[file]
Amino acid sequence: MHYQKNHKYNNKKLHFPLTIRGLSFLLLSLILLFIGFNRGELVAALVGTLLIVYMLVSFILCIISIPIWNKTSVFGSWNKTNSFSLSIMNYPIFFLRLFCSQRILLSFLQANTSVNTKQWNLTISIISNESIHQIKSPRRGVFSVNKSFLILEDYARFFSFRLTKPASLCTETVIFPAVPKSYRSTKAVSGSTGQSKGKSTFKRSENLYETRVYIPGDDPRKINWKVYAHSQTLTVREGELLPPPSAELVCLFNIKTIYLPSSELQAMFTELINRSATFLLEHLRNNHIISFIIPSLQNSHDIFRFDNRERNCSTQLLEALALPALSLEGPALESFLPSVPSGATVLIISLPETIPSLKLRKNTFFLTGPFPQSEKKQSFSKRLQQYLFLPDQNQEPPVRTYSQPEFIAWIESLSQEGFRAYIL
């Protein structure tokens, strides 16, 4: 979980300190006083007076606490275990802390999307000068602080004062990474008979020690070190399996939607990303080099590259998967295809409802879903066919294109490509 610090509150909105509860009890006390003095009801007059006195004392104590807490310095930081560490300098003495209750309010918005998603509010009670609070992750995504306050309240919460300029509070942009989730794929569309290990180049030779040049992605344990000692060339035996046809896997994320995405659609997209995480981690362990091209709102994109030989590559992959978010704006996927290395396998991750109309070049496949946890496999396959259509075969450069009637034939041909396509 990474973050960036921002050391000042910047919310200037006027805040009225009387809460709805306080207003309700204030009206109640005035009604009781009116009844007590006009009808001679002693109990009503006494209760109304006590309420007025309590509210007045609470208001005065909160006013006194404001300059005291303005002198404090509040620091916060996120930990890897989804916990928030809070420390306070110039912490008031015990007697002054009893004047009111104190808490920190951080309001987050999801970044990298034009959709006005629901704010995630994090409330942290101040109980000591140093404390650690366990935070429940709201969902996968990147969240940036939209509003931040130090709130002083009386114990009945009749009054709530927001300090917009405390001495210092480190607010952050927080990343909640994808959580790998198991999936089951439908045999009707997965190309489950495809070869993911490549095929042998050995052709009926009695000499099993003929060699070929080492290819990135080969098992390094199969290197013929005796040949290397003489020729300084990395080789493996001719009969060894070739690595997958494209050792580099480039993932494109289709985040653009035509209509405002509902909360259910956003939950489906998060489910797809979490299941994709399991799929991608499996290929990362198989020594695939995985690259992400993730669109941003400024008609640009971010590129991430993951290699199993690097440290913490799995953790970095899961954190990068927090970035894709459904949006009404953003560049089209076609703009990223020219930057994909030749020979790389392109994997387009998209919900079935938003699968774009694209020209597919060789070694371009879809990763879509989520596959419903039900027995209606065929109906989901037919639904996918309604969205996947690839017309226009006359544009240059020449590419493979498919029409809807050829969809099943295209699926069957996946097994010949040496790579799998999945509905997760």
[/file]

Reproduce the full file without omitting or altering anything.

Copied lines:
Amino acid sequence: MHYQKNHKYNNKKLHFPLTIRGLSFLLLSLILLFIGFNRGELVAALVGTLLIVYMLVSFILCIISIPIWNKTSVFGSWNKTNSFSLSIMNYPIFFLRLFCSQRILLSFLQANTSVNTKQWNLTISIISNESIHQIKSPRRGVFSVNKSFLILEDYARFFSFRLTKPASLCTETVIFPAVPKSYRSTKAVSGSTGQSKGKSTFKRSENLYETRVYIPGDDPRKINWKVYAHSQTLTVREGELLPPPSAELVCLFNIKTIYLPSSELQAMFTELINRSATFLLEHLRNNHIISFIIPSLQNSHDIFRFDNRERNCSTQLLEALALPALSLEGPALESFLPSVPSGATVLIISLPETIPSLKLRKNTFFLTGPFPQSEKKQSFSKRLQQYLFLPDQNQEPPVRTYSQPEFIAWIESLSQEGFRAYIL
């Protein structure tokens, strides 16, 4: 979980300190006083007076606490275990802390999307000068602080004062990474008979020690070190399996939607990303080099590259998967295809409802879903066919294109490509 610090509150909105509860009890006390003095009801007059006195004392104590807490310095930081560490300098003495209750309010918005998603509010009670609070992750995504306050309240919460300029509070942009989730794929569309290990180049030779040049992605344990000692060339035996046809896997994320995405659609997209995480981690362990091209709102994109030989590559992959978010704006996927290395396998991750109309070049496949946890496999396959259509075969450069009637034939041909396509 990474973050960036921002050391000042910047919310200037006027805040009225009387809460709805306080207003309700204030009206109640005035009604009781009116009844007590006009009808001679002693109990009503006494209760109304006590309420007025309590509210007045609470208001005065909160006013006194404001300059005291303005002198404090509040620091916060996120930990890897989804916990928030809070420390306070110039912490008031015990007697002054009893004047009111104190808490920190951080309001987050999801970044990298034009959709006005629901704010995630994090409330942290101040109980000591140093404390650690366990935070429940709201969902996968990147969240940036939209509003931040130090709130002083009386114990009945009749009054709530927001300090917009405390001495210092480190607010952050927080990343909640994808959580790998198991999936089951439908045999009707997965190309489950495809070869993911490549095929042998050995052709009926009695000499099993003929060699070929080492290819990135080969098992390094199969290197013929005796040949290397003489020729300084990395080789493996001719009969060894070739690595997958494209050792580099480039993932494109289709985040653009035509209509405002509902909360259910956003939950489906998060489910797809979490299941994709399991799929991608499996290929990362198989020594695939995985690259992400993730669109941003400024008609640009971010590129991430993951290699199993690097440290913490799995953790970095899961954190990068927090970035894709459904949006009404953003560049089209076609703009990223020219930057994909030749020979790389392109994997387009998209919900079935938003699968774009694209020209597919060789070694371009879809990763879509989520596959419903039900027995209606065929109906989901037919639904996918309604969205996947690839017309226009006359544009240059020449590419493979498919029409809807050829969809099943295209699926069957996946097994010949040496790579799998999945509905997760």